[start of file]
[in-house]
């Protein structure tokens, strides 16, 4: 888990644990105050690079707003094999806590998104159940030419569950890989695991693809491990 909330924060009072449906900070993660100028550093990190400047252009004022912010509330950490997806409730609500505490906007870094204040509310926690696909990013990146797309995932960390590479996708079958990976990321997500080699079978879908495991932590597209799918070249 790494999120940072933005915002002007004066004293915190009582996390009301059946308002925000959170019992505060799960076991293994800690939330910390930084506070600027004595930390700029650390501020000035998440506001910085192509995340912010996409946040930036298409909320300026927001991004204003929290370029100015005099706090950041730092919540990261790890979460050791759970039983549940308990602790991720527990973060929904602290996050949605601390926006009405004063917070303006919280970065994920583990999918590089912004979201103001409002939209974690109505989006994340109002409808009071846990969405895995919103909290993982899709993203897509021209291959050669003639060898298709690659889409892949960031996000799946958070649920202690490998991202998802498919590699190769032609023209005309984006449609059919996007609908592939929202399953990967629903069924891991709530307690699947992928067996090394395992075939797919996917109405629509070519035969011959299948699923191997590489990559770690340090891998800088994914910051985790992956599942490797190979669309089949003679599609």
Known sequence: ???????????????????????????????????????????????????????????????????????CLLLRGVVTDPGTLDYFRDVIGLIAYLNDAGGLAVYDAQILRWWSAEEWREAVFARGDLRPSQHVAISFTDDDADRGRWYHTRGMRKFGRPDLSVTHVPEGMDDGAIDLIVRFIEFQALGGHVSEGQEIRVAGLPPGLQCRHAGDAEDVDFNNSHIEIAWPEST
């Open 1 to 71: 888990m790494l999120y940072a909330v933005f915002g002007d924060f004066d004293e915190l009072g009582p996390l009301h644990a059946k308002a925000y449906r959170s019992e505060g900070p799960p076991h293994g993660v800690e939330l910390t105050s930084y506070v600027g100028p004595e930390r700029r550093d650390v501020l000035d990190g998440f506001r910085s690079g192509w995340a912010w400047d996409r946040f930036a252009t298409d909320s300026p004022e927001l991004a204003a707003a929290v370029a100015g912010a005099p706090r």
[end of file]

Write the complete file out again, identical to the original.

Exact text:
[in-house]
């Protein structure tokens, strides 16, 4: 888990644990105050690079707003094999806590998104159940030419569950890989695991693809491990 909330924060009072449906900070993660100028550093990190400047252009004022912010509330950490997806409730609500505490906007870094204040509310926690696909990013990146797309995932960390590479996708079958990976990321997500080699079978879908495991932590597209799918070249 790494999120940072933005915002002007004066004293915190009582996390009301059946308002925000959170019992505060799960076991293994800690939330910390930084506070600027004595930390700029650390501020000035998440506001910085192509995340912010996409946040930036298409909320300026927001991004204003929290370029100015005099706090950041730092919540990261790890979460050791759970039983549940308990602790991720527990973060929904602290996050949605601390926006009405004063917070303006919280970065994920583990999918590089912004979201103001409002939209974690109505989006994340109002409808009071846990969405895995919103909290993982899709993203897509021209291959050669003639060898298709690659889409892949960031996000799946958070649920202690490998991202998802498919590699190769032609023209005309984006449609059919996007609908592939929202399953990967629903069924891991709530307690699947992928067996090394395992075939797919996917109405629509070519035969011959299948699923191997590489990559770690340090891998800088994914910051985790992956599942490797190979669309089949003679599609």
Known sequence: ???????????????????????????????????????????????????????????????????????CLLLRGVVTDPGTLDYFRDVIGLIAYLNDAGGLAVYDAQILRWWSAEEWREAVFARGDLRPSQHVAISFTDDDADRGRWYHTRGMRKFGRPDLSVTHVPEGMDDGAIDLIVRFIEFQALGGHVSEGQEIRVAGLPPGLQCRHAGDAEDVDFNNSHIEIAWPEST
């Open 1 to 71: 888990m790494l999120y940072a909330v933005f915002g002007d924060f004066d004293e915190l009072g009582p996390l009301h644990a059946k308002a925000y449906r959170s019992e505060g900070p799960p076991h293994g993660v800690e939330l910390t105050s930084y506070v600027g100028p004595e930390r700029r550093d650390v501020l000035d990190g998440f506001r910085s690079g192509w995340a912010w400047d996409r946040f930036a252009t298409d909320s300026p004022e927001l991004a204003a707003a929290v370029a100015g912010a005099p706090r």